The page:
Could you tell us how Noor began and why you made the journey back to your native city of Cordoba?
It all started when the landlord tripled our rent at the Paco Morales restaurant in Bocairente, near Valencia. We couldn’t afford that kind of increase, so we were forced to close. That’s when I decided to go back to my home city and start my own project that would reflect the importance of the al-Andalus legacy.
Noor Restaurant promotes itself as an atypical gastronomic project, where history and cooking merge together. How did the process come about of searching for and reclaiming the gastronomic past of al-Andalus?
When I returned to Cordoba I saw that the city – the capital of the Caliphate– needed a project that would reflect the flavours, smells and traditions of al-Andalus cuisine.
The team at your restaurant works with the historian Rosa Tovar – how did that partnership come about?
Rosa is an external team member whose role is to increase our historical awareness. The connection arose from our curiosity and a desire to broaden our horizon.
Over the past three years you’ve been developing menus that reflect your historical research into recipes, culinary traditions and produce from al-Andalus. Does this project transcend the boundaries of the purely gastronomic?
Absolutely. What we’re doing is recreating dishes with a modern twist. We’re reinterpreting history to the extent that we don’t use any ingredients that weren’t available on the Iberian peninsula at the time, such as cocoa, potato or tomato.
Can your culinary experience be seen as a cultural experience?
Of course, we don’t just focus on the gastronomic side of things but also on refining the service, hand-washing, eating food with one’s hands…
What would you say to a foreign diner who sits down to try one of your tasting menus for the first time?
Immerse yourself in history and enjoy the experience.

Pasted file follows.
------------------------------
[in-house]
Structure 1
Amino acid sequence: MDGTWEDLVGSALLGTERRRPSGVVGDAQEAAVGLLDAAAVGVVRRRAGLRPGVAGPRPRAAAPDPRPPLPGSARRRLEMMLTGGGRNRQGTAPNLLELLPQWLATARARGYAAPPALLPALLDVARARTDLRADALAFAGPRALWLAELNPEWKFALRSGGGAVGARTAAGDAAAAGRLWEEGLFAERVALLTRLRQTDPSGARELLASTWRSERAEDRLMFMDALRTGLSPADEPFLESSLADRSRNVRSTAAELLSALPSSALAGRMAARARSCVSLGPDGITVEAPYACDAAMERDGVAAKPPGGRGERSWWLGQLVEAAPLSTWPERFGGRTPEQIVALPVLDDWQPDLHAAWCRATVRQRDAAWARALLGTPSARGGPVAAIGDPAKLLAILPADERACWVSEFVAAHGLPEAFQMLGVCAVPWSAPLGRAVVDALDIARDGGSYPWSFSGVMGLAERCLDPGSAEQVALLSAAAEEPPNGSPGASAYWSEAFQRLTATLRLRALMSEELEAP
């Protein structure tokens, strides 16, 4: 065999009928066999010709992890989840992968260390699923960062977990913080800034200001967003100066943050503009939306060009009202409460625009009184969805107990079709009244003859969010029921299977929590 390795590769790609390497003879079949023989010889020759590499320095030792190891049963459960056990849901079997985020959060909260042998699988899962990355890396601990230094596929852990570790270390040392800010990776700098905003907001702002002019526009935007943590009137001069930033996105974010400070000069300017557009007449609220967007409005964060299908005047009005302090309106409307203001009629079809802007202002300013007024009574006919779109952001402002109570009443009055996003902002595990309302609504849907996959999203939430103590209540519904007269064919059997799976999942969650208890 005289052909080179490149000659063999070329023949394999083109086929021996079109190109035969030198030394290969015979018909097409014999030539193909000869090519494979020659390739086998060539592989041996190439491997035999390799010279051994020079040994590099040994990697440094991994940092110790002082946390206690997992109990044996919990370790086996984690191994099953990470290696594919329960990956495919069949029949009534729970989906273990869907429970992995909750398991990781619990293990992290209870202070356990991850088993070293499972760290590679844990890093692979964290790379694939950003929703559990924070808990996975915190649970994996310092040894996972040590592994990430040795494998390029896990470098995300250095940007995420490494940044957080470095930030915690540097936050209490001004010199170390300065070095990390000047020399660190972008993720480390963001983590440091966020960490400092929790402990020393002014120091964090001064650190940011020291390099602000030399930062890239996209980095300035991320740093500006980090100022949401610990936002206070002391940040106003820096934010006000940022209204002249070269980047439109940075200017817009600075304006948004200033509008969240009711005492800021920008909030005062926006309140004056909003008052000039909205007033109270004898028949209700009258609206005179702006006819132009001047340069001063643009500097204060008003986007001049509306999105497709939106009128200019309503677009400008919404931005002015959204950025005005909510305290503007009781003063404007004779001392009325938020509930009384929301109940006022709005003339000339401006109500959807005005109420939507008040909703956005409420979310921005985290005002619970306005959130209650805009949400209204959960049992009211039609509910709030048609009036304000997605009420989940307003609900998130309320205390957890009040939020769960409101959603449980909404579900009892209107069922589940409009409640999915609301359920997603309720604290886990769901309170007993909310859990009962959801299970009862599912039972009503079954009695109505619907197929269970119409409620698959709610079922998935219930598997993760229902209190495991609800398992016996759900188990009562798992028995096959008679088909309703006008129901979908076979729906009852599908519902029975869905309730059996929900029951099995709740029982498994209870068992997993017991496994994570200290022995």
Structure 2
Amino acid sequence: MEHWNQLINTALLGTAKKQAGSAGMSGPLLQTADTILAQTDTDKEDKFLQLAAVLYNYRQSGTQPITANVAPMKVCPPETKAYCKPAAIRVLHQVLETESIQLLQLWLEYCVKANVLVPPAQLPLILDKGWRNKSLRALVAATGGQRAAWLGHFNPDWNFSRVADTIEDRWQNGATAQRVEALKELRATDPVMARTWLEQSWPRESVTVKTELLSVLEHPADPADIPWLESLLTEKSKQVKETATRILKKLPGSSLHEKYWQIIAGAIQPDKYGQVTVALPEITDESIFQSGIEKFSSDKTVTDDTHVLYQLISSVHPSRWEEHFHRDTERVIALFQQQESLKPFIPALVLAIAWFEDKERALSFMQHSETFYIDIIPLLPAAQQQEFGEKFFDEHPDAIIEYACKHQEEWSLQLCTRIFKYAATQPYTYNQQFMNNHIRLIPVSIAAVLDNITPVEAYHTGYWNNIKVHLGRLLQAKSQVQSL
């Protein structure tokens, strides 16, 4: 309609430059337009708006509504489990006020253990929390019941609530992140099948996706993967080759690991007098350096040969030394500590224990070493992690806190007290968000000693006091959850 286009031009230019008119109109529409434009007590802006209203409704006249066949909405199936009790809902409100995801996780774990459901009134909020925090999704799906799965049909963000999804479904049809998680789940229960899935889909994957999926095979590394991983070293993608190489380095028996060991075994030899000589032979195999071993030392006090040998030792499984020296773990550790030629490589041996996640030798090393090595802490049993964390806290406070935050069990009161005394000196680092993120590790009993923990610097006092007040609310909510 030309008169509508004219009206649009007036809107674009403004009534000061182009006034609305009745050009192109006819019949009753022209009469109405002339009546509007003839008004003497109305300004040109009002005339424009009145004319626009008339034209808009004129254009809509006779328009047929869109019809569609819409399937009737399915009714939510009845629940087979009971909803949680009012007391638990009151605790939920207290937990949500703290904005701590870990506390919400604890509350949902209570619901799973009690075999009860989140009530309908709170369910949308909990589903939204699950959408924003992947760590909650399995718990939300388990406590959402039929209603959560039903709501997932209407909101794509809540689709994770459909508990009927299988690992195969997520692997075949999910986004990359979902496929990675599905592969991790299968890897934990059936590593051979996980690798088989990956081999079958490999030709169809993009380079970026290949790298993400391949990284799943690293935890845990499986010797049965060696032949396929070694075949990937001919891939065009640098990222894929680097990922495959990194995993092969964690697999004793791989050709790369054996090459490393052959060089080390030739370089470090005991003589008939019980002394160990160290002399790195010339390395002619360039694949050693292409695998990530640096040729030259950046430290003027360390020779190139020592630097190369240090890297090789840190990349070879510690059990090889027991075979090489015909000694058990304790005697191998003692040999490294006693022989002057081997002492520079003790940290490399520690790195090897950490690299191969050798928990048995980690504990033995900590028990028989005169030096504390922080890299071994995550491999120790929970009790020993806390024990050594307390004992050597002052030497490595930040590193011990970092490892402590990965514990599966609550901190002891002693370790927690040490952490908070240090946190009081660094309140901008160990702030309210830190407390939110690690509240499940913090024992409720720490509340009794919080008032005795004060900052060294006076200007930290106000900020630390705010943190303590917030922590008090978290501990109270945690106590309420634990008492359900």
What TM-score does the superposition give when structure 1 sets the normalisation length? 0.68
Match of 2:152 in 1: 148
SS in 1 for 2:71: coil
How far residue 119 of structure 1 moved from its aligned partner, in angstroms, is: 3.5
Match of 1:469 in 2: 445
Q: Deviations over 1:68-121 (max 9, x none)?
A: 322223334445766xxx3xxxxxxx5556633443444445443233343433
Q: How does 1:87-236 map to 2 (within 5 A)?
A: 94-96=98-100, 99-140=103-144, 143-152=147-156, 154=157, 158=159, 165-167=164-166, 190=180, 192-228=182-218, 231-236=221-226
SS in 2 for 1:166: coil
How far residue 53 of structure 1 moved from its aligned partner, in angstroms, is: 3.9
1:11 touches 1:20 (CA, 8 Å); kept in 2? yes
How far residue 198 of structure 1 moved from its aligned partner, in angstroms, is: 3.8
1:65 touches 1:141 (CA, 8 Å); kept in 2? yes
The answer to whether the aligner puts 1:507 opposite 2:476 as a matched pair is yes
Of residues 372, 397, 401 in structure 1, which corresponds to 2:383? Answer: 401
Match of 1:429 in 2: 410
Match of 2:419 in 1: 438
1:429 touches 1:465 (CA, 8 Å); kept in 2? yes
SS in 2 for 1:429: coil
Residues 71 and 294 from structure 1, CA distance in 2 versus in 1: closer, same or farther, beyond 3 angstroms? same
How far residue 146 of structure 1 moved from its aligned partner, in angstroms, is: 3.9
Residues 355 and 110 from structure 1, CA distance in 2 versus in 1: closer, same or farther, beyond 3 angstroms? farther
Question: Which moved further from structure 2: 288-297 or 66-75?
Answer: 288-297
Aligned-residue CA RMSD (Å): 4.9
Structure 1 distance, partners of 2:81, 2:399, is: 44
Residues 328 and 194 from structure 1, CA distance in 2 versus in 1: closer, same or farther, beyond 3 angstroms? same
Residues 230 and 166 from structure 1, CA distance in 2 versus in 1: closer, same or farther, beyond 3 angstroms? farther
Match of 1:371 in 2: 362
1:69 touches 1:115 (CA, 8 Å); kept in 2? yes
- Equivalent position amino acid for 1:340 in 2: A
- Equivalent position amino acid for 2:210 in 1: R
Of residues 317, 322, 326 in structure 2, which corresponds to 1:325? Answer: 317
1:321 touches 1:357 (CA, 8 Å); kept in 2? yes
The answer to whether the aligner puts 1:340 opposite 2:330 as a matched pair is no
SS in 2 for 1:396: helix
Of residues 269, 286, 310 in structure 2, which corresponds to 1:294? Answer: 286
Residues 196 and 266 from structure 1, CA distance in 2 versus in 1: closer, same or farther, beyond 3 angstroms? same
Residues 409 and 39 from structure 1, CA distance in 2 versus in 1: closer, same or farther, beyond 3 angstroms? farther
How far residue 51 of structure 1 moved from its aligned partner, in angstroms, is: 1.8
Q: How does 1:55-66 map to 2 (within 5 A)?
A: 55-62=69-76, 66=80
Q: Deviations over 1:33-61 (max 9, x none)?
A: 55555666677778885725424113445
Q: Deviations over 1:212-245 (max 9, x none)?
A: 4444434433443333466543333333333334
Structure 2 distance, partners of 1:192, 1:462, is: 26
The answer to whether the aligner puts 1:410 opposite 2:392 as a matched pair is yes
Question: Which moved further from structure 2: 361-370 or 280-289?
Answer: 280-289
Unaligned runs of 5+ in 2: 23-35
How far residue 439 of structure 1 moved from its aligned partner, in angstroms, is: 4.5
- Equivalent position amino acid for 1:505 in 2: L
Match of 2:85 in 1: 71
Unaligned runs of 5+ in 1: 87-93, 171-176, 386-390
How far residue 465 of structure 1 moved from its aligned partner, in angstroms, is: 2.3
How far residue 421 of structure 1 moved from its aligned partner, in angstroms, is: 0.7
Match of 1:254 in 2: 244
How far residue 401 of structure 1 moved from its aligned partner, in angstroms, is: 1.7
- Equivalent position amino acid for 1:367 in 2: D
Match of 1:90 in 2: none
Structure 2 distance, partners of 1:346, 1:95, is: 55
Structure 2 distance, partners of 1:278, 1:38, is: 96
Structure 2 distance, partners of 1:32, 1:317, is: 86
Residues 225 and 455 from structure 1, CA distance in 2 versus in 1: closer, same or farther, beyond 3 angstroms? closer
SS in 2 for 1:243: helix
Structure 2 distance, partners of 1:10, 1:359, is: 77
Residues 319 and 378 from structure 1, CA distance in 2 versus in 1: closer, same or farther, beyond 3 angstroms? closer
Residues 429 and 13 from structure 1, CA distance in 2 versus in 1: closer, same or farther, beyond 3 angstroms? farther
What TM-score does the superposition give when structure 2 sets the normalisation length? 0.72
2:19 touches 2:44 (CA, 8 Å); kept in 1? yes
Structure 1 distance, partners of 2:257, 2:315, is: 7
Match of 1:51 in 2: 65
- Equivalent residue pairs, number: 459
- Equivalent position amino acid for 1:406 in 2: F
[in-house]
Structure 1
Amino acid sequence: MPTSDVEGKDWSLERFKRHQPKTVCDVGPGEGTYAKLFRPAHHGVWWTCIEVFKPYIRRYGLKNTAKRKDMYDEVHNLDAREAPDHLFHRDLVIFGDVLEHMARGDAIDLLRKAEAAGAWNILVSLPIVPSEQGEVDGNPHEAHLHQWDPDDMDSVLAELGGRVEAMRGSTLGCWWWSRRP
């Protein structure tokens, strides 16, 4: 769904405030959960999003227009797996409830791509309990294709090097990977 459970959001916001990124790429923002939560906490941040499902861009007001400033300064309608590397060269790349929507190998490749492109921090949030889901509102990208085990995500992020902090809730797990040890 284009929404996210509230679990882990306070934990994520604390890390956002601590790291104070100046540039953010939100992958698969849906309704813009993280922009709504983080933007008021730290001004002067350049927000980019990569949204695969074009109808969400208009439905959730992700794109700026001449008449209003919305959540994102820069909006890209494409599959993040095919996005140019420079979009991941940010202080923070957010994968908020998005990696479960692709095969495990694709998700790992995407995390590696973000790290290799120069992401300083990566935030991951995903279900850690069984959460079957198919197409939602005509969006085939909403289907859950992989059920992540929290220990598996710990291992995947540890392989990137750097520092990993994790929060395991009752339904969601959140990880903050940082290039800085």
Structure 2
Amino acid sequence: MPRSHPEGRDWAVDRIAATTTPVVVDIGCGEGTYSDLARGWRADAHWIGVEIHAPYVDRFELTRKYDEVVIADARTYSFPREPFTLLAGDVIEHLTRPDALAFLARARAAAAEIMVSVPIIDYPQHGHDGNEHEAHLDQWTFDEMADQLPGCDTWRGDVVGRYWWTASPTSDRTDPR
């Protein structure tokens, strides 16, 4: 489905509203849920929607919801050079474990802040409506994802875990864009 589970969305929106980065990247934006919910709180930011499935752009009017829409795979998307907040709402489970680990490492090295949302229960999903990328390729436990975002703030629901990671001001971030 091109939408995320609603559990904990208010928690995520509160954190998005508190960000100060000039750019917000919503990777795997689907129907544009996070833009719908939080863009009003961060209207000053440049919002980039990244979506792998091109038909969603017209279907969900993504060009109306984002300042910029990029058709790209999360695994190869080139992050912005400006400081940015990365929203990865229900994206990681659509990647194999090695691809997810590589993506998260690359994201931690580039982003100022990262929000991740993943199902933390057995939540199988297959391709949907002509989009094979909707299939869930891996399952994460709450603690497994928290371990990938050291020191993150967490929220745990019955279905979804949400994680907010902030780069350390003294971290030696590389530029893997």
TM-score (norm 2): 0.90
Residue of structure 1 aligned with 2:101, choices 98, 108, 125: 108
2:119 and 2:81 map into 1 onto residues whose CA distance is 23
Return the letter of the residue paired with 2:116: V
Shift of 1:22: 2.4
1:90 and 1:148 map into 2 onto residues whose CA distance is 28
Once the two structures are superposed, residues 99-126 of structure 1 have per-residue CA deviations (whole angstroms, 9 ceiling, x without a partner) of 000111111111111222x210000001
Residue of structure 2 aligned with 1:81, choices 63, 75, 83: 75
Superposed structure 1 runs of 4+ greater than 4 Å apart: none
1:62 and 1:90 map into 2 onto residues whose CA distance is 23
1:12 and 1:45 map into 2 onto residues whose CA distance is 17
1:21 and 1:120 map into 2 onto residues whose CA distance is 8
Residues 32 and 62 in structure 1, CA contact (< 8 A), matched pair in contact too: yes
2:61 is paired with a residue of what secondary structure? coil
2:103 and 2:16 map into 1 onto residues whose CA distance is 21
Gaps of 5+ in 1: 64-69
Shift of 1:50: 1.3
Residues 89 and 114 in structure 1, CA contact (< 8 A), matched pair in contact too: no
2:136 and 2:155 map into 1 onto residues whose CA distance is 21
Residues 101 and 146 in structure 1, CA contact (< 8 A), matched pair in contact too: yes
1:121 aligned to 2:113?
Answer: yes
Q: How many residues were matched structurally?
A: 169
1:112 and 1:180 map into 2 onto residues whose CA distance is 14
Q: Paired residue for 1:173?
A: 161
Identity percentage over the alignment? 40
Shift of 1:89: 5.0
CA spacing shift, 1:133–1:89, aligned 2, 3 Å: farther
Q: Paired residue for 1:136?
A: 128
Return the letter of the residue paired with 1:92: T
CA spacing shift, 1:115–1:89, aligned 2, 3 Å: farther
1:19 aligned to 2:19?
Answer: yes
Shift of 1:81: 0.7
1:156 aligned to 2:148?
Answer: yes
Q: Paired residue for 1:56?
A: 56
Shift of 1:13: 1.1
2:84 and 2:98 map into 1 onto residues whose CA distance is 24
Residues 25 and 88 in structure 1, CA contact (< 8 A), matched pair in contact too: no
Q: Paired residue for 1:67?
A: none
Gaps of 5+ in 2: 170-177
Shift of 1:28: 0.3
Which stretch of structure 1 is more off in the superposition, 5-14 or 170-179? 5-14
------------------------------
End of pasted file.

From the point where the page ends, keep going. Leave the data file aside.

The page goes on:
At your restaurant every season presents a culinary challenge. How is that creative process developed in order to reinterpret and create al-Andalus dishes? What stage are you currently at?
At the moment we’re finishing a season based on the Almohad and Almoravid empires, which correspond to the 12th and 13th centuries. We’re going to start preparing the next season, which focuses on the 14th century.
Many hours of work go into creating a dish. In my case, I’ve spent 25 years working in gastronomy and I normally devote myself to the subject day and night, all year round. So I’ve ended up acquiring a vast knowledge of gastronomy, which is gained not only from cooking but also travelling, eating in excellent restaurants and so on. That’s how I developed my palate. So I’m constantly thinking about how to incorporate dishes and produce into my cooking in a natural way.
Harmony and beauty are a constant feature of your creations. Does this characteristic correspond with your way of understanding the past of al-Andalus?
Before we immersed ourselves in this wonderful chapter of history, I was already creating a cuisine with a unique and beautiful aesthetic.
What’s your assessment of the time that has passed since you opened in 2016? How would you define your evolution?
Thanks to the customers who have visited us, we’ve been able to evolve naturally and very well, to be honest. I’d make a good assessment, with both challenges and good times.
What did the Michelin star mean to you and your team?
It brought us great happiness. It was confirmation that we’re working in the right direction.
What about the future – do you have any important projects on the horizon?
In 2021 we open our second business venture in Dubai, which is such an important city. It’s a very exciting project.
We’d like you to tell us about your relationship with local Andalusian produce. What importance does it have in your cooking? Could you tell us which 3 items you consider essential?
Local produce is very important for our cooking. We work with different suppliers in the region who provide us with olive oil, artisan dairy products, seasonal vegetables…
Lastly, name a must-see corner of Cordoba, one you enjoy getting lost in.
I’ve got several – the streets of la Judería, the Mosque-Cathedral, Medina Azahara